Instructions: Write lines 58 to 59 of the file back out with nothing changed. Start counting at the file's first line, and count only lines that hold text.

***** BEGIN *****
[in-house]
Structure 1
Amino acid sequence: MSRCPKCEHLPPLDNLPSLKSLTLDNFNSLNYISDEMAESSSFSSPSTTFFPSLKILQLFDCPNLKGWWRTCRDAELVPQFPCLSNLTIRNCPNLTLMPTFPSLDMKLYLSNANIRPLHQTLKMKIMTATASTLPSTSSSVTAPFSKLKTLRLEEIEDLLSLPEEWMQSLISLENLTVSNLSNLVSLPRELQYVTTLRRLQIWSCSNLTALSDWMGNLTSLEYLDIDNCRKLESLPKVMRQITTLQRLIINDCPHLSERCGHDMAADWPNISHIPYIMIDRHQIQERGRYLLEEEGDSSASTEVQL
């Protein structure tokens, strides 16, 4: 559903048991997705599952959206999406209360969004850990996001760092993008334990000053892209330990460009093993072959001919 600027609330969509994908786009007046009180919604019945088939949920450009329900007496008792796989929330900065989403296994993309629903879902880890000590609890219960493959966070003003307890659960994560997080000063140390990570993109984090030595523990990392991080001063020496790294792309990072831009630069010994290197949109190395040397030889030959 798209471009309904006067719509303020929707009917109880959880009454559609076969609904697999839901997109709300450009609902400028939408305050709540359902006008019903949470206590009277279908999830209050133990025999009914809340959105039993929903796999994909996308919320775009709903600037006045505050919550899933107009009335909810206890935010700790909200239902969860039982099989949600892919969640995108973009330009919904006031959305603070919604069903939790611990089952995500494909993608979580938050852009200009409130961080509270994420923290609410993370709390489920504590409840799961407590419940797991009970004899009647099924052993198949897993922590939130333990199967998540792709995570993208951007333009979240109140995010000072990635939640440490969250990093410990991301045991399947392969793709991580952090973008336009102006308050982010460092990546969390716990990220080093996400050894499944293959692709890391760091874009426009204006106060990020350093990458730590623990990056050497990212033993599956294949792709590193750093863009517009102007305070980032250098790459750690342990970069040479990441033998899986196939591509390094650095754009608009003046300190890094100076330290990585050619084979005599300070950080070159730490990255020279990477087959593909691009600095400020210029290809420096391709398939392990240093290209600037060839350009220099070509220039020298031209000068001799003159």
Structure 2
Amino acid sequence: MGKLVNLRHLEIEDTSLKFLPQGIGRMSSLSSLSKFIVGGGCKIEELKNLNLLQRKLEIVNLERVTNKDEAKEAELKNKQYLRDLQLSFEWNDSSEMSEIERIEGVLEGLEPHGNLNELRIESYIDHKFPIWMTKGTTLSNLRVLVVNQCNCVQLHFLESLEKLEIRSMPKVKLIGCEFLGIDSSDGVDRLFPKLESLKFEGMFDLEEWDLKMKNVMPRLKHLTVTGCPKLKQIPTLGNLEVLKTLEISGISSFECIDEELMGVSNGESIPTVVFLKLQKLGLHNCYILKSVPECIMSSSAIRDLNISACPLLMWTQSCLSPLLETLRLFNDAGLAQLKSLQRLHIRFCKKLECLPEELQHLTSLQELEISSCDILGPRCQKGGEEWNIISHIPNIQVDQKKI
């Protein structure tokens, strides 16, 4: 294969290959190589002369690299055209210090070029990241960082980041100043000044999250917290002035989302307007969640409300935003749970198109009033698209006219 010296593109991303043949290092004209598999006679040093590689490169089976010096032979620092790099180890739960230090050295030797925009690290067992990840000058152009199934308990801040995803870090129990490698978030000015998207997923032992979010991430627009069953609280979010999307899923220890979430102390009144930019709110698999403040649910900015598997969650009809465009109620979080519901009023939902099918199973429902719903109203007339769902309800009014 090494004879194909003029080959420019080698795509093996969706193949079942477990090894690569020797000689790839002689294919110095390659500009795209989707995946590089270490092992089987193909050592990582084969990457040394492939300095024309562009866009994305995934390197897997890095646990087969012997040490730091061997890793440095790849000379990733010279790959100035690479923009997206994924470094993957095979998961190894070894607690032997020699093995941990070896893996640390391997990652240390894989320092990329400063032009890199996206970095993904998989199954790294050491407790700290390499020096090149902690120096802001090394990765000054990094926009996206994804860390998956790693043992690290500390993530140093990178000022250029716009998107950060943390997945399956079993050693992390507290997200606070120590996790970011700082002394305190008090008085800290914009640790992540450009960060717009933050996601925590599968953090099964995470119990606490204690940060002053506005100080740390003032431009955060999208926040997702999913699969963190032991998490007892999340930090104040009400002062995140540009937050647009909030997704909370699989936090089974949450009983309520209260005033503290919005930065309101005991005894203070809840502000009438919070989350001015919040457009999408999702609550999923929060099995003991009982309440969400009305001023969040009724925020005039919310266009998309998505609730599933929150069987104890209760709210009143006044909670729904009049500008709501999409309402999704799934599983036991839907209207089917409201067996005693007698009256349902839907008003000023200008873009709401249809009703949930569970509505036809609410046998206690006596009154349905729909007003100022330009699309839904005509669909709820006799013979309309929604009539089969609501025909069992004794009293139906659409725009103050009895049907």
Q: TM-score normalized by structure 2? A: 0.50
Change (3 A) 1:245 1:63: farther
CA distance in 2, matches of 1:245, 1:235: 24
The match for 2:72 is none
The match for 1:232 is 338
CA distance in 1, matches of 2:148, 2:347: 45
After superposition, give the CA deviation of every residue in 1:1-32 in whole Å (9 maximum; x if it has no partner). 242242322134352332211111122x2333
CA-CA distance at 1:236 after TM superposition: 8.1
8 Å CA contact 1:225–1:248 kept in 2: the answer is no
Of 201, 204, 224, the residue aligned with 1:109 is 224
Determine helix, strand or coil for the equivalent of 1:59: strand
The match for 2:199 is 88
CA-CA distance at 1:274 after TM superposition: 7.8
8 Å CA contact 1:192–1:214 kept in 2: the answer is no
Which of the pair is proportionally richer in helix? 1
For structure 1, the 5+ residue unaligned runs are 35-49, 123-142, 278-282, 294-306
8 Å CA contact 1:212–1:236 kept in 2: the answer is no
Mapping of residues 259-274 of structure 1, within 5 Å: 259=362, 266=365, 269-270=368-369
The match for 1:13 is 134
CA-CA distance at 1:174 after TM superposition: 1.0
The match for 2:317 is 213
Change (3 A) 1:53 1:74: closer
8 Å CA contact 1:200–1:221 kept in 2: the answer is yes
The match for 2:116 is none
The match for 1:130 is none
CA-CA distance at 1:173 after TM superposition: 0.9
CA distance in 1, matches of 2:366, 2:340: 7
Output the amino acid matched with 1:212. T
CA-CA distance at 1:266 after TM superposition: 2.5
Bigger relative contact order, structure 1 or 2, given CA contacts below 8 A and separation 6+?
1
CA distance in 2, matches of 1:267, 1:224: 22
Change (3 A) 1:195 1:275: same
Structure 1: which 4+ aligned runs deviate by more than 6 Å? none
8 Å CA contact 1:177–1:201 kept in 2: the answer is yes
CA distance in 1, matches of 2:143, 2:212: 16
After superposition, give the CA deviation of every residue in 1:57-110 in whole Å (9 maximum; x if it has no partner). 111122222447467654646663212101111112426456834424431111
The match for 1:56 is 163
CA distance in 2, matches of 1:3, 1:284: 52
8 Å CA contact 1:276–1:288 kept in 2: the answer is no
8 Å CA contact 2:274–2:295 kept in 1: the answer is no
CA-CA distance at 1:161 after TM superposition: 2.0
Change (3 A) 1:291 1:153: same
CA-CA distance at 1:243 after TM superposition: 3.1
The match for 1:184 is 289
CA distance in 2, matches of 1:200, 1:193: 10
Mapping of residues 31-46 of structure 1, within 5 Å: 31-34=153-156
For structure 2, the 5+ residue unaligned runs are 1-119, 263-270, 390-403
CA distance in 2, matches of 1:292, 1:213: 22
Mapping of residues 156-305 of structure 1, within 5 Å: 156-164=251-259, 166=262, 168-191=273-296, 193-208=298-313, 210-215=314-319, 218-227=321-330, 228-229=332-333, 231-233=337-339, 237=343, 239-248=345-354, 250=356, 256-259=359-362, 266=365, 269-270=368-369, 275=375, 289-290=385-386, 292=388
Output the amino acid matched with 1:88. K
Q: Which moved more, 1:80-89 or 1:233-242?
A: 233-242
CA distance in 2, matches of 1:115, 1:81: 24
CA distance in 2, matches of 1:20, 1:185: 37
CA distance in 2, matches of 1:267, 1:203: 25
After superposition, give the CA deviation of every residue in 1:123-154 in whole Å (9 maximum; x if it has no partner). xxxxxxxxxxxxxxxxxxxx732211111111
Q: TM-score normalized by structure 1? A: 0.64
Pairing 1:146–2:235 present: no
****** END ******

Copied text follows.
Output the amino acid matched with 1:88. K
Q: Which moved more, 1:80-89 or 1:233-242?